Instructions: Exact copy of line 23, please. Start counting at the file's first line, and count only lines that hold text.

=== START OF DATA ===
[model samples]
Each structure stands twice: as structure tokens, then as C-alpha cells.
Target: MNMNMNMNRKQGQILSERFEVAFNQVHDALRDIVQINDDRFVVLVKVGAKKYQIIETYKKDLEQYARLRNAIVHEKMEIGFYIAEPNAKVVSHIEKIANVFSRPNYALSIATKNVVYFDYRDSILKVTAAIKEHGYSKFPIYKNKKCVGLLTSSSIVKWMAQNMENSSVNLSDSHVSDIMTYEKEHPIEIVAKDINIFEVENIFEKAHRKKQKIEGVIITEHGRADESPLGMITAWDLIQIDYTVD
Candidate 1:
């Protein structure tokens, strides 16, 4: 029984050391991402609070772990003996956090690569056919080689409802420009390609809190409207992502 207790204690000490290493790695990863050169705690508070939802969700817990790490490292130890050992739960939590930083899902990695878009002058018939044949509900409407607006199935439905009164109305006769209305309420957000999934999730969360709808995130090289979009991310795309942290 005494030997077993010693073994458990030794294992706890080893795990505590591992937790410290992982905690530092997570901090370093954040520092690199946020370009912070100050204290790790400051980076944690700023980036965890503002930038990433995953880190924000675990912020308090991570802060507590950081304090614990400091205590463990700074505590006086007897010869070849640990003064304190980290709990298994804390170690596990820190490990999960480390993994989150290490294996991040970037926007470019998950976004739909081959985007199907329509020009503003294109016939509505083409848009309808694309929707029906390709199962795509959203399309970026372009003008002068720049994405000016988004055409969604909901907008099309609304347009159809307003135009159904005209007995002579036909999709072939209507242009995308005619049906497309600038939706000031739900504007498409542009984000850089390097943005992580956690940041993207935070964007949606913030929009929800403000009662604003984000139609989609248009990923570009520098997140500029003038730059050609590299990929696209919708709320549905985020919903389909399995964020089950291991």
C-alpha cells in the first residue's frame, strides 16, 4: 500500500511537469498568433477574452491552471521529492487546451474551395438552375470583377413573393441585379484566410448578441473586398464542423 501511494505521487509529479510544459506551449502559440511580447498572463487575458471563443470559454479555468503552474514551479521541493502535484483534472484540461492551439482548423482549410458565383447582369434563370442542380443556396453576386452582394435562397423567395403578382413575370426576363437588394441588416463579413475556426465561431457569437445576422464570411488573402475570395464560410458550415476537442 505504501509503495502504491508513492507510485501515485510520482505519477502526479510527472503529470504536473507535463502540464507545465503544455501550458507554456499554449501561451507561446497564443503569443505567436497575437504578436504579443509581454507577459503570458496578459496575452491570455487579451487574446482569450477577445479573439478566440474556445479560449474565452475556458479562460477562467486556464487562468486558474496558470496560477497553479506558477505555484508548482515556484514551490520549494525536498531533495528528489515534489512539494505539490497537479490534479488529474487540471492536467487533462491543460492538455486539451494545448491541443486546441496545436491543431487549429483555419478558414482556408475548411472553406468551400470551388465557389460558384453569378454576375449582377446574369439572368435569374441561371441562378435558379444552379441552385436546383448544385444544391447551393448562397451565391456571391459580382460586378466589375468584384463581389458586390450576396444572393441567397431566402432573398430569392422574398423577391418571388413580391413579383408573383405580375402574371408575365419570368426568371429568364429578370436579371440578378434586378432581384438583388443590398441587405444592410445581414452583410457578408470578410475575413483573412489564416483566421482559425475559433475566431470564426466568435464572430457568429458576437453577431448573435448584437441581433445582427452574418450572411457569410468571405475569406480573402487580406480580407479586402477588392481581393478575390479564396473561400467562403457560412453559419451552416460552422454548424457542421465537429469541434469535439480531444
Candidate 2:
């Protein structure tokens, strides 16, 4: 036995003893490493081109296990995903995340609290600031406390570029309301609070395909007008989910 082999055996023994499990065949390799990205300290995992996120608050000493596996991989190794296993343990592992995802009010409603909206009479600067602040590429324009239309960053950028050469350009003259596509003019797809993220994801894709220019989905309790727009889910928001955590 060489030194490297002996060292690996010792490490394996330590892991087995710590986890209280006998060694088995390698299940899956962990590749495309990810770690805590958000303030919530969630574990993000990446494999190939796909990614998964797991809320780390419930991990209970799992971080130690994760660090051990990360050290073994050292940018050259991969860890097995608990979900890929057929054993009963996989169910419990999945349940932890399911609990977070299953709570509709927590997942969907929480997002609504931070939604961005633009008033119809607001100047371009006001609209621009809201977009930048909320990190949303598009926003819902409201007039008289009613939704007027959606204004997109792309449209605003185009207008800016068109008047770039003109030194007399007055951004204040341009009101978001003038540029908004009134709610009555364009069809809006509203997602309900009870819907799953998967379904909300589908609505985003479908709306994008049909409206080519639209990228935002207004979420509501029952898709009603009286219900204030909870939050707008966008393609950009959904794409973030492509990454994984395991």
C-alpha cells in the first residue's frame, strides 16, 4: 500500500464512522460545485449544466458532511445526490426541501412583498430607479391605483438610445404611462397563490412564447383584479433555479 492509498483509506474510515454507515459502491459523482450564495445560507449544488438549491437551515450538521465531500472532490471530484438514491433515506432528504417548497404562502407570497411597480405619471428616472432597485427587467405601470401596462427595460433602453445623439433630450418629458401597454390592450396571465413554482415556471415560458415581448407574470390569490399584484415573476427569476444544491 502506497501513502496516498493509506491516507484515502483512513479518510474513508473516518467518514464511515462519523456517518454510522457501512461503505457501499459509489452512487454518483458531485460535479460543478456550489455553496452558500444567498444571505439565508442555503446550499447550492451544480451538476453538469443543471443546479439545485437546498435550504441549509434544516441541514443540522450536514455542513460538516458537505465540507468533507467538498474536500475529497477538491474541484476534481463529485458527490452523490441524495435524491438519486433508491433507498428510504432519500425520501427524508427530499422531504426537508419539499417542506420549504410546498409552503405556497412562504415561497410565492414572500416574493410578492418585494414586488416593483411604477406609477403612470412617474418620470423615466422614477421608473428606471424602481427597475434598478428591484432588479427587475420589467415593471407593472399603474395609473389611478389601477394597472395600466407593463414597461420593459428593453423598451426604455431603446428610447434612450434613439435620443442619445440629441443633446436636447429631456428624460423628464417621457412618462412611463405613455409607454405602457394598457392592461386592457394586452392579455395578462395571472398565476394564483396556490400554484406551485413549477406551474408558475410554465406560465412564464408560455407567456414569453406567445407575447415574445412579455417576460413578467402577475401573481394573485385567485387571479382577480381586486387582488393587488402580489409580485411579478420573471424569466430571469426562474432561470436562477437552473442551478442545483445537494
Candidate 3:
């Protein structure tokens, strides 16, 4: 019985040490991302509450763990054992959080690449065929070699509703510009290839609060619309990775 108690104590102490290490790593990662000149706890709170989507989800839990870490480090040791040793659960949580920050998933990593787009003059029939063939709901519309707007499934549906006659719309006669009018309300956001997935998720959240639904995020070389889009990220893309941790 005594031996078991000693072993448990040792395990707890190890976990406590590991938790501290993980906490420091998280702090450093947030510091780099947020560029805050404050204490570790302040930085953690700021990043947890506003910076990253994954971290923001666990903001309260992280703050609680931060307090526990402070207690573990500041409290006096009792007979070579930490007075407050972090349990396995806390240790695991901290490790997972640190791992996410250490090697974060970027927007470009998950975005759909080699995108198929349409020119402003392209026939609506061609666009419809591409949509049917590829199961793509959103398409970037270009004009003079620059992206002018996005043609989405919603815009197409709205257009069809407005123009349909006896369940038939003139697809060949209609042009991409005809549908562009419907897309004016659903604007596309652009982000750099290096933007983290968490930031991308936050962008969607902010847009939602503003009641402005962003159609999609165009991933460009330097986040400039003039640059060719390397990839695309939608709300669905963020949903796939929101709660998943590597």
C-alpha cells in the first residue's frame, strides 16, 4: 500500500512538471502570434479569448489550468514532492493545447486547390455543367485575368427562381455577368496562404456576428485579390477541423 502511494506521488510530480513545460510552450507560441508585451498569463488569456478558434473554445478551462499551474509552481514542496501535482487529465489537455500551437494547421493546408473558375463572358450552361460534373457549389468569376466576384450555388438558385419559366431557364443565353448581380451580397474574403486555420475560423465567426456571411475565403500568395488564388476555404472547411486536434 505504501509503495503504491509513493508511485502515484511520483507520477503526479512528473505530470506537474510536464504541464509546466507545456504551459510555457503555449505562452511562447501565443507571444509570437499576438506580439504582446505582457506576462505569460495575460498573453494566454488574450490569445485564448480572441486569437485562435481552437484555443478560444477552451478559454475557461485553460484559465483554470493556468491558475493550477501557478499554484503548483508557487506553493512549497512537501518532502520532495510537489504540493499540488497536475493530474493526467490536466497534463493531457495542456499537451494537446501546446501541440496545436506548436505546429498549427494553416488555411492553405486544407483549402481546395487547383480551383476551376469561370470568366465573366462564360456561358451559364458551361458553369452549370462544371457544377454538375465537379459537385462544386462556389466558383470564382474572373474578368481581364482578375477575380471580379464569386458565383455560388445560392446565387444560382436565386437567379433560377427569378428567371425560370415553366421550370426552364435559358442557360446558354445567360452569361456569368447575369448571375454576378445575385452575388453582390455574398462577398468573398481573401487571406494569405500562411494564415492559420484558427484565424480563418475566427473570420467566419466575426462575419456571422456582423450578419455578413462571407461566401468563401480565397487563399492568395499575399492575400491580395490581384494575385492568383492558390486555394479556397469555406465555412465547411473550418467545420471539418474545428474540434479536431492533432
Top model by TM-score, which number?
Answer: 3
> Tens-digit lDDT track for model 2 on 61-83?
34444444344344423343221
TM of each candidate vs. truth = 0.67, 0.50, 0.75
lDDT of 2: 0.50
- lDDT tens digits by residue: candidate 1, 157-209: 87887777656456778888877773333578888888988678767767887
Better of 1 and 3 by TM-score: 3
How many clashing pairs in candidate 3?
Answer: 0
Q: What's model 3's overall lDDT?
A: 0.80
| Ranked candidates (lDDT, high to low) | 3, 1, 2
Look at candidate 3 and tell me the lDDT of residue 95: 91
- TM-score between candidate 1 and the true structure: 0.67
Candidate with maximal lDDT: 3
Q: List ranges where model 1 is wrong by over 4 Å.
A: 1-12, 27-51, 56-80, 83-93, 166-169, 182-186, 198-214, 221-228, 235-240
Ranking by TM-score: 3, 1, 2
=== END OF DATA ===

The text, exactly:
Q: What's model 3's overall lDDT?